Asbestos and Lung Cancer Are Old Friends
Anyone can theoretically breathe in asbestos. Asbestos use and lung cancer have been associated for years. Asbestos and asbestos derivatives have been used in so many products that as consumers we use everyday. Part of an element of asbestos was once used in crayons for instance. Asbestos has also been built into many peoples homes, public schools, clothing and even used extensively in hospitals. It used to be ubiquitous, not so much anymore.
If an object is moved or agitated and it contains asbestos, microscopic spores or fibers are flung into the air. They are so light, they float. This causes humans to breathe them in not knowing what they are sucking into their bodies. Since these spores are not supposed to be in our bodies, our lungs do not know what to do with them. Our lungs do not know they are even there. The spores end up being trapped in our lungs for years on end. As time marches forward, these spores gather around and end up scarring and inflaming the lungs. This may not interfere with your breathing ability but can lead to severe health complications.
Asbestos has been officially labeled as a preeminent carcinogen. This means that this element induces cancer. Asbestos and lung cancer have been synonymous. This fact has been classified as such by the EPA, U.S. Department of Health and Human Services and the International Agency for Research on Cancer. There has been data accumulated that supports the findings that asbestos can increase the chances of someone obtaining lung cancer. Not only lung cancer, mesothelioma is another disease that can be attained.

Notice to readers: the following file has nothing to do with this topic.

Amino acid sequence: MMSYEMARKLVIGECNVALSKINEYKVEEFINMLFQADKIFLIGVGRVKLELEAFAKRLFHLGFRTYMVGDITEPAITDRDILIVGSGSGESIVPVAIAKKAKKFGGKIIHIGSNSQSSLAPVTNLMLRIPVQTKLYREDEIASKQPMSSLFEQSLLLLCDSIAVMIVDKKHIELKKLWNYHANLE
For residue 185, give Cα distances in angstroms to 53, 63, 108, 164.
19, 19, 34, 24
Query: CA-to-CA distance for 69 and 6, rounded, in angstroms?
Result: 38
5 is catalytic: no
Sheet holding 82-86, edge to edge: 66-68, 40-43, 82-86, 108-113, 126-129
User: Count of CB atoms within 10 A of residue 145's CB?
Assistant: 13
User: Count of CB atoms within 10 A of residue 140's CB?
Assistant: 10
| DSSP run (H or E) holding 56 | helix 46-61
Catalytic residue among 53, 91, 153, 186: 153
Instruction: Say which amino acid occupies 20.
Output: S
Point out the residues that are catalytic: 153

Mesothelioma is a pretty uncommon form of asbestos lung cancer that incorporates the thin membranes that attach themselves along the chest and abdomen. There is a strong chance you would never be a statistic with this type of cancer unless you inhaled asbestos. Mesothelioma is virtually unheard of without contact with asbestos.
Asbestos does not stop there. It can cause more than two forms of cancer. There has been data that offers an association between asbestos inhalation and colorectal and gastrointestinal cancers. Moreover, being in an atmosphere of asbestos can increase the chances of someone obtaining kidney, throat, esophagus and gallbladder cancer. But, this evidence is not perfect and there are some doubters to these accusations.
Asbestos exposure can perhaps exacerbate the chances of asbestosis. This is an inflammatory situation irritating the lungs which can lead to weakness of breath, coughing and severe lung damage. Asbestos has been known to cause nonmalignant lung and pleural disorders. Pleural plaques is another.This condition is where the membranes which encompass the lungs are damaged. Another disorder is pleural thickening. Asbestos can also ignite benign pleural effusions. This is when fluids collect between the thin layers of tissue draping the lungs and the chest cavity wall. Pleural plaques do not guarantee lung cancer but if someone is beset by this sickness there is an increased chance that lung cancer will be soon manifest itself.
The relationship between asbestos and lung cancer has been widely accepted. United States industries and manufacturing plants have moved away from using asbestos in many products. Comparatively statistics show that domestic intake of asbestos in 1973 was about 803,000 tons. By 2005, this number had dropped to 2,400 tons.
Adam Bradley is a book publisher of How-To and information books. While researching asbestos and lung cancer he was shocked by the tremendous amount of bad information, scams, and bogus agencies. He felt that having to spend countless hours sorting articles and web pages just to find help during a period when time is of the essence was absurd. To help the victims and families of those exposed to asbestos, he and his research team compiled this information and offer a free 15 part Info-Course at: Asbestos Cancer Resources.com.